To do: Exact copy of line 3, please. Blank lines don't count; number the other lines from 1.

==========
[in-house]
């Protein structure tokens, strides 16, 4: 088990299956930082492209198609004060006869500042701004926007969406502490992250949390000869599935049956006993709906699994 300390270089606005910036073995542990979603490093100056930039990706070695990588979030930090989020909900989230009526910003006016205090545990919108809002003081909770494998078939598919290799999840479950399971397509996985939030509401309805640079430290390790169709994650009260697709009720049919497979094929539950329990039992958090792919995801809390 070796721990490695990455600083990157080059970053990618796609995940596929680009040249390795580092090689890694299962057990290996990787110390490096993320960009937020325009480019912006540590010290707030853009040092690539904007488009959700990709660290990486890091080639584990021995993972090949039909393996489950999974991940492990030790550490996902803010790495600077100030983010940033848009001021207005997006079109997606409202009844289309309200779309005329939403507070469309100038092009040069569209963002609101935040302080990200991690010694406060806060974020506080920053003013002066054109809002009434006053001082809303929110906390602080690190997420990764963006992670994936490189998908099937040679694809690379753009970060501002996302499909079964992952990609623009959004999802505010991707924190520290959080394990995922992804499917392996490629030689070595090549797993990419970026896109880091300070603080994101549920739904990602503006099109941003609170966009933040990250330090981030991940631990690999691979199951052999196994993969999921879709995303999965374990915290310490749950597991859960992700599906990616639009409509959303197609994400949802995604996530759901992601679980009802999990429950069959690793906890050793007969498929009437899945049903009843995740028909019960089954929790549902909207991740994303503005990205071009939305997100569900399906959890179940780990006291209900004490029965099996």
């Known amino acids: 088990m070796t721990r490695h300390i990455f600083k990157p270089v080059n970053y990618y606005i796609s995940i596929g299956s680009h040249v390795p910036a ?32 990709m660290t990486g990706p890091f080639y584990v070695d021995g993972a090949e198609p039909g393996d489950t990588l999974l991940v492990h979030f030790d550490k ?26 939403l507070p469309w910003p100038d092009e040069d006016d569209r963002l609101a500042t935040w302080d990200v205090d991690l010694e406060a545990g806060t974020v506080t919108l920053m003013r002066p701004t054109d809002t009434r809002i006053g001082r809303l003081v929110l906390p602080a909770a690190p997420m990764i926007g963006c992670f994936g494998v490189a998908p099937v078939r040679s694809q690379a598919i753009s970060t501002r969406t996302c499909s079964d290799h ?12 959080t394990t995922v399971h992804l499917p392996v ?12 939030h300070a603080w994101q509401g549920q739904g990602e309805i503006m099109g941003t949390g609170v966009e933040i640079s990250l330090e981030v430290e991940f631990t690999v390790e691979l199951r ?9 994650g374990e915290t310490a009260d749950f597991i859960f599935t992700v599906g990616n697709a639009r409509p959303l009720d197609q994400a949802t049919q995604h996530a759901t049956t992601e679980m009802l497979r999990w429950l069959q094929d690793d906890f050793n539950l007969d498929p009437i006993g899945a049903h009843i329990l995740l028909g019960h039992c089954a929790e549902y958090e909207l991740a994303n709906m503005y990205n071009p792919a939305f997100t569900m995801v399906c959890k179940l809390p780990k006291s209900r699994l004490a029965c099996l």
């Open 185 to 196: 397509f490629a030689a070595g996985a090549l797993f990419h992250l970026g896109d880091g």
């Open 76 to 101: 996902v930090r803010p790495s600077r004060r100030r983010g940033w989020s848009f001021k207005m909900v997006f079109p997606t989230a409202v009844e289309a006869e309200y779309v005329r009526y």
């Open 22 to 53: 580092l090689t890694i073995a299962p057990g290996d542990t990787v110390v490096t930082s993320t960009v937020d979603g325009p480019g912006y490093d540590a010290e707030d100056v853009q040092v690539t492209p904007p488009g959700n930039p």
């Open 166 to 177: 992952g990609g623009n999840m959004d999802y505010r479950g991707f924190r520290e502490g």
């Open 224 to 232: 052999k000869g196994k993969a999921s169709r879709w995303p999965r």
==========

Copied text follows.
């Known amino acids: 088990m070796t721990r490695h300390i990455f600083k990157p270089v080059n970053y990618y606005i796609s995940i596929g299956s680009h040249v390795p910036a ?32 990709m660290t990486g990706p890091f080639y584990v070695d021995g993972a090949e198609p039909g393996d489950t990588l999974l991940v492990h979030f030790d550490k ?26 939403l507070p469309w910003p100038d092009e040069d006016d569209r963002l609101a500042t935040w302080d990200v205090d991690l010694e406060a545990g806060t974020v506080t919108l920053m003013r002066p701004t054109d809002t009434r809002i006053g001082r809303l003081v929110l906390p602080a909770a690190p997420m990764i926007g963006c992670f994936g494998v490189a998908p099937v078939r040679s694809q690379a598919i753009s970060t501002r969406t996302c499909s079964d290799h ?12 959080t394990t995922v399971h992804l499917p392996v ?12 939030h300070a603080w994101q509401g549920q739904g990602e309805i503006m099109g941003t949390g609170v966009e933040i640079s990250l330090e981030v430290e991940f631990t690999v390790e691979l199951r ?9 994650g374990e915290t310490a009260d749950f597991i859960f599935t992700v599906g990616n697709a639009r409509p959303l009720d197609q994400a949802t049919q995604h996530a759901t049956t992601e679980m009802l497979r999990w429950l069959q094929d690793d906890f050793n539950l007969d498929p009437i006993g899945a049903h009843i329990l995740l028909g019960h039992c089954a929790e549902y958090e909207l991740a994303n709906m503005y990205n071009p792919a939305f997100t569900m995801v399906c959890k179940l809390p780990k006291s209900r699994l004490a029965c099996l």